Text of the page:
UBC Theses and Dissertations

UBC Theses Logo

UBC Theses and Dissertations

Individualism in adult education : an analysis Dawson, Jane Margaret 1989

Your browser doesn't seem to have a PDF viewer, please download the PDF to view this item.

Item Metadata

Download

Media
831-UBC_1989_A8 D38.pdf [ 4.17MB ]
Metadata
JSON: 831-1.0055842.json
JSON-LD: 831-1.0055842-ld.json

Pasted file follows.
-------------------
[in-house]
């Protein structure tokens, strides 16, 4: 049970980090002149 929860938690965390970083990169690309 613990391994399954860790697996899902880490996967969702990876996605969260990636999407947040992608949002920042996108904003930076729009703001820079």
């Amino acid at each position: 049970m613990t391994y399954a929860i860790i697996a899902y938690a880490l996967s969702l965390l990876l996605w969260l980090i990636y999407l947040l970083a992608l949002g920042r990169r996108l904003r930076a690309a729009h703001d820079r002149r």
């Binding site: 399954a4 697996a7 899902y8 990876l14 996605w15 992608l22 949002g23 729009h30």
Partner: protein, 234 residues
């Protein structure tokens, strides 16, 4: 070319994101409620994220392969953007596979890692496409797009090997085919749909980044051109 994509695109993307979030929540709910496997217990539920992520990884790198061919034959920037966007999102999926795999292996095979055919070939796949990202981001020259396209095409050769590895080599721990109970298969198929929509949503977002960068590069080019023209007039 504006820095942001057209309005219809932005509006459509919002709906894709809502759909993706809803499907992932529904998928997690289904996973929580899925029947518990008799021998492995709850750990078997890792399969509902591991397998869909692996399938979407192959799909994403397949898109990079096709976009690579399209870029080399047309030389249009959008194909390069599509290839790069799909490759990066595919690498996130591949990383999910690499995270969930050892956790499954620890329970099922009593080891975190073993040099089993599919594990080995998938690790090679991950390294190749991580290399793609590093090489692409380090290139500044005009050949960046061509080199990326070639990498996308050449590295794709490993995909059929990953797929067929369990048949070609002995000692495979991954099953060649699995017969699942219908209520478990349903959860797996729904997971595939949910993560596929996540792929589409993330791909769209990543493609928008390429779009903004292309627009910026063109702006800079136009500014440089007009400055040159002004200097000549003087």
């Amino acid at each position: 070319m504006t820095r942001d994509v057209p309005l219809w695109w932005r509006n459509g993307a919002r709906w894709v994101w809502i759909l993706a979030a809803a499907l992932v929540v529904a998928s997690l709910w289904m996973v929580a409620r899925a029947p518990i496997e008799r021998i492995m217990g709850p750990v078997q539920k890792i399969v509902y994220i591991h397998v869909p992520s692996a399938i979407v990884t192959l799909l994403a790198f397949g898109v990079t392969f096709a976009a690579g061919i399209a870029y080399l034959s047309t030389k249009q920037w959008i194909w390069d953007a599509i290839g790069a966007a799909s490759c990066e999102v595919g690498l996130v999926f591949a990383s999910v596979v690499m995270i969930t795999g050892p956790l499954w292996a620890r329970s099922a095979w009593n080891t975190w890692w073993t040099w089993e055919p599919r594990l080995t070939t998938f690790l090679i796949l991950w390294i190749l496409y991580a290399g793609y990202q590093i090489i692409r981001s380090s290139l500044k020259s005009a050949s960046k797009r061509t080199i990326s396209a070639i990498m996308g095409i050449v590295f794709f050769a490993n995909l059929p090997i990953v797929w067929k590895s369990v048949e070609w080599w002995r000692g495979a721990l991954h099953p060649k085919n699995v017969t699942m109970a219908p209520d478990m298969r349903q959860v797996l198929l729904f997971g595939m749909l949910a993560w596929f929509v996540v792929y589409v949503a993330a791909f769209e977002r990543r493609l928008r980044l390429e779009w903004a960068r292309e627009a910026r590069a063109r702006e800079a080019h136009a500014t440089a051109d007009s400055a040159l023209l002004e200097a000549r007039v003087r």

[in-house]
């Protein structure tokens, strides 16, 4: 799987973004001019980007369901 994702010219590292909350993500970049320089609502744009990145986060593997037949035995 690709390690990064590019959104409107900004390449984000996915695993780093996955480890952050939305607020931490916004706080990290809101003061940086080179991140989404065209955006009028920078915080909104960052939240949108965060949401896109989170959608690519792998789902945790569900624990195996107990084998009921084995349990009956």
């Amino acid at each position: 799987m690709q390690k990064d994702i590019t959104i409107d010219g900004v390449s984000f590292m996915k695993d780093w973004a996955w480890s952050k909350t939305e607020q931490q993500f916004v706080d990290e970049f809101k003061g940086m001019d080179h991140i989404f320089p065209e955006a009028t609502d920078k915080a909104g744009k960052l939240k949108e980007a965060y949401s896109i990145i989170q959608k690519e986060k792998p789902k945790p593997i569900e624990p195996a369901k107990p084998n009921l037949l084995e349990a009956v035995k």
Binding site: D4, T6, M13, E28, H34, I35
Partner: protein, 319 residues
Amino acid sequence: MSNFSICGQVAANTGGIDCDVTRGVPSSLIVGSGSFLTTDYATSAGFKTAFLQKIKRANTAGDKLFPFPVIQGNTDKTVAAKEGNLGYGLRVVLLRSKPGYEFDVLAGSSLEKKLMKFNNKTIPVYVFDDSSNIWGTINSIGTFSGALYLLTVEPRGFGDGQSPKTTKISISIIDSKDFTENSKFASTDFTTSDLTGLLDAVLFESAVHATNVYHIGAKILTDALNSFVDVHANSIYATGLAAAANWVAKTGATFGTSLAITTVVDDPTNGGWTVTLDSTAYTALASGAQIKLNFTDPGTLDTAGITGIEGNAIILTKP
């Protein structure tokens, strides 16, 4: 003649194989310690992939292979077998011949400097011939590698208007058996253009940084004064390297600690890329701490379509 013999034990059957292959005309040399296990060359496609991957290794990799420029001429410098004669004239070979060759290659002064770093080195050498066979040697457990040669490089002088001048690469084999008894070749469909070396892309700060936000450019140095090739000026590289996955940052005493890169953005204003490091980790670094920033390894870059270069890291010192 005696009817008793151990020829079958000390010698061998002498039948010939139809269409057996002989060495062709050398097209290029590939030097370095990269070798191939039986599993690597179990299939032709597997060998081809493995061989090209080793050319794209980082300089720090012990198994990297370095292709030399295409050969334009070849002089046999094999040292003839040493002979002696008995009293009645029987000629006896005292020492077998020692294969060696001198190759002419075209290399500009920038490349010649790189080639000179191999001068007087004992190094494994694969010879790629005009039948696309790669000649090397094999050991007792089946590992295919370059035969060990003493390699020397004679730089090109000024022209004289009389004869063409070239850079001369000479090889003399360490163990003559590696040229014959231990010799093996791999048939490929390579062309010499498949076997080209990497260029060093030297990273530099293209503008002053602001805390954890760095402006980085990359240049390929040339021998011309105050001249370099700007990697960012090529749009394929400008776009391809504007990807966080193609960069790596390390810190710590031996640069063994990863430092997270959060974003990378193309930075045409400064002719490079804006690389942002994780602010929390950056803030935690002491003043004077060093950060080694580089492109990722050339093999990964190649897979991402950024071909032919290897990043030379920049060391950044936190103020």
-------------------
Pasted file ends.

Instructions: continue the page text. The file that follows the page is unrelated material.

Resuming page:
RDF/XML (Pretty): 831-1.0055842-rdf.xml
RDF/JSON: 831-1.0055842-rdf.json
Turtle: 831-1.0055842-turtle.txt
N-Triples: 831-1.0055842-rdf-ntriples.txt
Original Record: 831-1.0055842-source.json
Full Text
831-1.0055842-fulltext.txt
Citation
831-1.0055842.ris

Full Text